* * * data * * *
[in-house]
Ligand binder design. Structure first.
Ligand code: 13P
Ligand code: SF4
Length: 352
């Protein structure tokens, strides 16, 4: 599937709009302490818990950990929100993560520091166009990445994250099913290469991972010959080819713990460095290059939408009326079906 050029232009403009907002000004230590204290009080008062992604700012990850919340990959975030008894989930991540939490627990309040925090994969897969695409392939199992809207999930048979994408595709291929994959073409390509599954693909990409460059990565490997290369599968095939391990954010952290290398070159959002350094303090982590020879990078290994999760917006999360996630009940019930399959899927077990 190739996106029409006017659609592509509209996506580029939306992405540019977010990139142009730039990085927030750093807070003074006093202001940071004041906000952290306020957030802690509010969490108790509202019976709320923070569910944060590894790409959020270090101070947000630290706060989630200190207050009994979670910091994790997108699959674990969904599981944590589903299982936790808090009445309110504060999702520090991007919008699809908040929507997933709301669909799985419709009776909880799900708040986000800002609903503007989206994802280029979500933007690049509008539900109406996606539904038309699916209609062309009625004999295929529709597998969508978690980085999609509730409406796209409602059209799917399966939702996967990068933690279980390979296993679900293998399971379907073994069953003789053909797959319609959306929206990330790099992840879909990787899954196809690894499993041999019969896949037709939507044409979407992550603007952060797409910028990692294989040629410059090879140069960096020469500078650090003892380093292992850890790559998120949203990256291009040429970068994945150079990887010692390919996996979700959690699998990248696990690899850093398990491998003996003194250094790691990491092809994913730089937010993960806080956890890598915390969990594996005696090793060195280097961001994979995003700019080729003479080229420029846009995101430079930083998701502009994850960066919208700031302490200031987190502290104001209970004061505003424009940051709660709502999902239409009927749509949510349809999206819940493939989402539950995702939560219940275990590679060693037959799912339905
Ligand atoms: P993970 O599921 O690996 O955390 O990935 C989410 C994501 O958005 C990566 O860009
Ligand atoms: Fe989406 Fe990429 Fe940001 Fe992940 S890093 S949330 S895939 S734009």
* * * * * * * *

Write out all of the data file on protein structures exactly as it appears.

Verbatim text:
[in-house]
Ligand binder design. Structure first.
Ligand code: 13P
Ligand code: SF4
Length: 352
């Protein structure tokens, strides 16, 4: 599937709009302490818990950990929100993560520091166009990445994250099913290469991972010959080819713990460095290059939408009326079906 050029232009403009907002000004230590204290009080008062992604700012990850919340990959975030008894989930991540939490627990309040925090994969897969695409392939199992809207999930048979994408595709291929994959073409390509599954693909990409460059990565490997290369599968095939391990954010952290290398070159959002350094303090982590020879990078290994999760917006999360996630009940019930399959899927077990 190739996106029409006017659609592509509209996506580029939306992405540019977010990139142009730039990085927030750093807070003074006093202001940071004041906000952290306020957030802690509010969490108790509202019976709320923070569910944060590894790409959020270090101070947000630290706060989630200190207050009994979670910091994790997108699959674990969904599981944590589903299982936790808090009445309110504060999702520090991007919008699809908040929507997933709301669909799985419709009776909880799900708040986000800002609903503007989206994802280029979500933007690049509008539900109406996606539904038309699916209609062309009625004999295929529709597998969508978690980085999609509730409406796209409602059209799917399966939702996967990068933690279980390979296993679900293998399971379907073994069953003789053909797959319609959306929206990330790099992840879909990787899954196809690894499993041999019969896949037709939507044409979407992550603007952060797409910028990692294989040629410059090879140069960096020469500078650090003892380093292992850890790559998120949203990256291009040429970068994945150079990887010692390919996996979700959690699998990248696990690899850093398990491998003996003194250094790691990491092809994913730089937010993960806080956890890598915390969990594996005696090793060195280097961001994979995003700019080729003479080229420029846009995101430079930083998701502009994850960066919208700031302490200031987190502290104001209970004061505003424009940051709660709502999902239409009927749509949510349809999206819940493939989402539950995702939560219940275990590679060693037959799912339905
Ligand atoms: P993970 O599921 O690996 O955390 O990935 C989410 C994501 O958005 C990566 O860009
Ligand atoms: Fe989406 Fe990429 Fe940001 Fe992940 S890093 S949330 S895939 S734009």